Loan agreement: company; secured on financial instruments
The loan is secured on shares, intellectual property rights or other intangible property, and optionally also by guarantor.
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- Guidance notes included
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About this document
This agreement is for use when the party borrowing money is a company or other corporate body, or a trust.
It is drawn so that lender is also a corporate body, but he, she or it may as easily be an individual or a trust.
We have provided for both a personal guarantee and for other security in the form of shares or other financial assets.
The loan is secured by lodging documentary securities with the lender. Where there is no paper copy of evidence of ownership, this document provides the evidence that the item is secured to the lender.
If the value of the security falls below a specified level, the lender can call on the borrower to top it up. In addition, at any time, and without giving a reason, the lender may call for the transfer of title to any or all of the securities to him. If there is no accepted system of registration of ownership, that is the only way the lender would be protected in situations of default.
Additionally, the reason for the transfer should be set down in a letter so that the security can be passed back to the owner when the loan has been repaid, without tax or other problems.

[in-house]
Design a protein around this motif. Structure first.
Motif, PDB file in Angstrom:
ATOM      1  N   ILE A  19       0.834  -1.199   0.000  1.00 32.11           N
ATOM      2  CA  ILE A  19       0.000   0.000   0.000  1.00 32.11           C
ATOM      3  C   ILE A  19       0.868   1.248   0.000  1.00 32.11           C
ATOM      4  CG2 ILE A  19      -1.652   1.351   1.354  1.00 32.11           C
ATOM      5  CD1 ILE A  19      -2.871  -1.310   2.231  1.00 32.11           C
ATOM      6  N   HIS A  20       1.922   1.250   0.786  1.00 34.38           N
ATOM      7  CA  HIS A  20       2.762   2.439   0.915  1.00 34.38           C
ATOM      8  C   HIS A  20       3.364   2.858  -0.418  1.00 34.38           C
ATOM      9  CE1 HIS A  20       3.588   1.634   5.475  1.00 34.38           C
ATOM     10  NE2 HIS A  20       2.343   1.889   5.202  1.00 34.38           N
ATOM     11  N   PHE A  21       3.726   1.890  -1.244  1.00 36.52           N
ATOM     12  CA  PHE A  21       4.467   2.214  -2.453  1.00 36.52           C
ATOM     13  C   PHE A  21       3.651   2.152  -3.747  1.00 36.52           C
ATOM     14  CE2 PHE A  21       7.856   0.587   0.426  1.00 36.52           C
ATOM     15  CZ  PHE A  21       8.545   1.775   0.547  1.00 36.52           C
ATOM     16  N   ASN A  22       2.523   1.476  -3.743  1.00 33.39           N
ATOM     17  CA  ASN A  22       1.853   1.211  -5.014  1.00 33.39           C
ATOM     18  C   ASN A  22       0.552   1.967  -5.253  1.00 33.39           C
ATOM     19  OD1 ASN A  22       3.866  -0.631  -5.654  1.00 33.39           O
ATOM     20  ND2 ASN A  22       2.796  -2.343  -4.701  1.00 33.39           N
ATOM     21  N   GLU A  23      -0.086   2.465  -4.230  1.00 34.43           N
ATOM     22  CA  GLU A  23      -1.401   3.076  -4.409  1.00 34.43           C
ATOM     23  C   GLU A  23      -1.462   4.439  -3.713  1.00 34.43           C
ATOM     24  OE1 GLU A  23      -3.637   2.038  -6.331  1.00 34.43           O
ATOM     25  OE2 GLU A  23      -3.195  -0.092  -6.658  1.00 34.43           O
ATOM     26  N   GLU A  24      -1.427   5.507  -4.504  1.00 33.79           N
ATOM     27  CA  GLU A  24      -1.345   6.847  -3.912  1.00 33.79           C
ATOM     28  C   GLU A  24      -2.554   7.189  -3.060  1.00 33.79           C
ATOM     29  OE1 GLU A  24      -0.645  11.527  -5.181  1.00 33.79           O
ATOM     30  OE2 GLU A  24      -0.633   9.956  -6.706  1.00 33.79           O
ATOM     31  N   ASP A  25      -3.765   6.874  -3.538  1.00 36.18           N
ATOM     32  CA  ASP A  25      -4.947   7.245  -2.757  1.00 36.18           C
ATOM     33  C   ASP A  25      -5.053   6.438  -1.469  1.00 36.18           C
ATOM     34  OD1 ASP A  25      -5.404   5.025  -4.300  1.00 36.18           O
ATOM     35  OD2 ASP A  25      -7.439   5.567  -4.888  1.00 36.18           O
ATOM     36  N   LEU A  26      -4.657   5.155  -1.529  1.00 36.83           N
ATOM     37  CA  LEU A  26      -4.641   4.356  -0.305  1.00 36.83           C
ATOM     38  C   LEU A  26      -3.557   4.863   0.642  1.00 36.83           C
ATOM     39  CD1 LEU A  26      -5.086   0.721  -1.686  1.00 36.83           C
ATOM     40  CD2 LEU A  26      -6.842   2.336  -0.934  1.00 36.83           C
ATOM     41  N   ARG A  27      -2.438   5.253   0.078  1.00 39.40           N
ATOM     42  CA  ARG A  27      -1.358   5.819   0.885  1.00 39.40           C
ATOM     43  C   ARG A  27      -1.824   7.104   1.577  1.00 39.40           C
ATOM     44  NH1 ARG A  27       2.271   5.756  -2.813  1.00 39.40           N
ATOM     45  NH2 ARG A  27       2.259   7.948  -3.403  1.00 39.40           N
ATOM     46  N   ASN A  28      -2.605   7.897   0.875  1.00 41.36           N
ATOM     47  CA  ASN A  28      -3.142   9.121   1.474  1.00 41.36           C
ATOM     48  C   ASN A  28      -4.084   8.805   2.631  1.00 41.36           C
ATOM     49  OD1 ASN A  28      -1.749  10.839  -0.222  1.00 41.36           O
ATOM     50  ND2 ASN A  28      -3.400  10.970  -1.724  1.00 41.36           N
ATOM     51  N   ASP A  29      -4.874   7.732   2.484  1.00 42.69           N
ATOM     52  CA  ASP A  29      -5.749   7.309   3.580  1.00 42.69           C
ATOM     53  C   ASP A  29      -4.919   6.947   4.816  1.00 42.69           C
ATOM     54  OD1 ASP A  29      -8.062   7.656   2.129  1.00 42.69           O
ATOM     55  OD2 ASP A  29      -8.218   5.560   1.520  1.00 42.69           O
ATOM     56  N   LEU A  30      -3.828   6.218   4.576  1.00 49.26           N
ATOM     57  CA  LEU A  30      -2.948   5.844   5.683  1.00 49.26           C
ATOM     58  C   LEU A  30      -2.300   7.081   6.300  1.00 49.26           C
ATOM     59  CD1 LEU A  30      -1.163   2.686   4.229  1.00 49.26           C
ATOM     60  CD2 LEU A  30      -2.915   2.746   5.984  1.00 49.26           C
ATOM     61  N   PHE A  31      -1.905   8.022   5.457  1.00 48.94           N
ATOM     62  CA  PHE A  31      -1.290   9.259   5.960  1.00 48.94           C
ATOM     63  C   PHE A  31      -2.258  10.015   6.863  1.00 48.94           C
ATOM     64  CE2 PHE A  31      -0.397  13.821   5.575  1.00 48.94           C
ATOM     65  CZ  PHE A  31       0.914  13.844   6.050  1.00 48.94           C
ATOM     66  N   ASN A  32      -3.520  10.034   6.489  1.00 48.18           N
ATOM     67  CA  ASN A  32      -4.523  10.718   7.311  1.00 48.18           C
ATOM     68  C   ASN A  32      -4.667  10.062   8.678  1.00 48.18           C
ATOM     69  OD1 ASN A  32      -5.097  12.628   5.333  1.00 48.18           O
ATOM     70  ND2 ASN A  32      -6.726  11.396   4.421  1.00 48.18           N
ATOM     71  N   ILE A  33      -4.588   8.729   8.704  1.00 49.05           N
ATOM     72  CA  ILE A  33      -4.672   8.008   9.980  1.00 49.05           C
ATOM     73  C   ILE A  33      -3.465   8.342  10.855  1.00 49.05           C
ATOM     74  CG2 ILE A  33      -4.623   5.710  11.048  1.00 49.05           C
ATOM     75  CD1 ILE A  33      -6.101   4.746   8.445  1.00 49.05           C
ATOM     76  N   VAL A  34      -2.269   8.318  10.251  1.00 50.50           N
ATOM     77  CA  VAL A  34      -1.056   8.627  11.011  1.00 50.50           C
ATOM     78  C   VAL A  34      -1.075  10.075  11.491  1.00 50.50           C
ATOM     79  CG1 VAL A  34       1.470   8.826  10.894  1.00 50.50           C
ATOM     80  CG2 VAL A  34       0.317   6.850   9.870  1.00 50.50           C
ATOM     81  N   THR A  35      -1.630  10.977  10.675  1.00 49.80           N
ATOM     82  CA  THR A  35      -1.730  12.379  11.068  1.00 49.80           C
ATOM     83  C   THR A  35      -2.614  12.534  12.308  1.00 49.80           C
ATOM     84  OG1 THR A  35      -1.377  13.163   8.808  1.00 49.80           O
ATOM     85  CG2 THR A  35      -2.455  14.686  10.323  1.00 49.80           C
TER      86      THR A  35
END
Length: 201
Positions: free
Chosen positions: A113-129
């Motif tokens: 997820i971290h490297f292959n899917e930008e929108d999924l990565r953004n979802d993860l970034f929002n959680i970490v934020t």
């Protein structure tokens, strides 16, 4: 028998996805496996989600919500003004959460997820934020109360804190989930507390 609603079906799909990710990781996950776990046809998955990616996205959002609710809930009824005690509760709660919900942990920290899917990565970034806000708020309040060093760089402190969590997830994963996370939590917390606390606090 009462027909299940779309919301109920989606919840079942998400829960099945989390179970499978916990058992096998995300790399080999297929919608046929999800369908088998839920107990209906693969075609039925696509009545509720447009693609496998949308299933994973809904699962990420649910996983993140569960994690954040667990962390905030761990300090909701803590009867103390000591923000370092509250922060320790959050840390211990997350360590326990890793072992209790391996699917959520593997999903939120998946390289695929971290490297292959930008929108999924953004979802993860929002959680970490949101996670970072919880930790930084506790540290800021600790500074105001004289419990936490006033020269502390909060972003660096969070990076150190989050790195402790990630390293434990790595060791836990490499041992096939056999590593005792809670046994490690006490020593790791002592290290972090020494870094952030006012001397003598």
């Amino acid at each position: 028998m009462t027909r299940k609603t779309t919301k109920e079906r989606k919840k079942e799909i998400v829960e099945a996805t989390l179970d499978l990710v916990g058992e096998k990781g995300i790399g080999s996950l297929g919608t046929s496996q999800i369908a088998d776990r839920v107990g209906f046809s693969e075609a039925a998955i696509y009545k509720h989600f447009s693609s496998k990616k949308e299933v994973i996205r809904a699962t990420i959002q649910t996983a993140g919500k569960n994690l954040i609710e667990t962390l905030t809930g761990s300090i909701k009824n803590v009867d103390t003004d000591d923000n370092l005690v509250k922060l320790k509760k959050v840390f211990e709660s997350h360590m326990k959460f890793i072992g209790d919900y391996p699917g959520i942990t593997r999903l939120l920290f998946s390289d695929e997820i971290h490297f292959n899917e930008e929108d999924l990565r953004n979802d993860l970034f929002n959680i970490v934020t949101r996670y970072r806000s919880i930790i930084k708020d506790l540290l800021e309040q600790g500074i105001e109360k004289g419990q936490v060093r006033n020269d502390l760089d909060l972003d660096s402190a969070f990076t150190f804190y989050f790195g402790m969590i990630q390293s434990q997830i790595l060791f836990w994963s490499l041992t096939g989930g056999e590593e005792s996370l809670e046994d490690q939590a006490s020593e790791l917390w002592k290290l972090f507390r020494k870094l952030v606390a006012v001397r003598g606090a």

The guarantee is worded to cover every obligation that a borrower might have. If a guarantee is not required, it may be deleted easily.
Because it is a company that is borrowing the money, we have included a number of warranties. These take effect as promises by the borrower as to aspects of its financial state. We have also provided that the signatory accepts personal liability for his proper authorisation. To some extent that person is bound in the same way as the company.
Registration of the charge
If the borrower is a company then it is required to register the charge at Companies House.
This agreement provides explicitly that the company will register the charge contained in it. The debt will then be valid against a liquidator or administrator, should the company become insolvent.
When the debt is repaid, whether fully or in part, the company has no obligation to inform Companies House. However, it is in the company's own interests that potential investors and lenders are aware that it has satisfied all or part of the debt.
You can read further about choosing an appropriate form of security.
If it is a person borrowing, rather than a company or corporate body, then this agreement is more suitable.
Definitions and important interpretation provisions
Amount of loan and how advanced
Interest amount and arrangements
Promise by borrower to make no change to capital structure.
What happens if things go wrong - notices, consequences and so on
An option on possible assignment of the rights and obligations set up under the agreement.
The guarantor’s promises
A round up of legal matters
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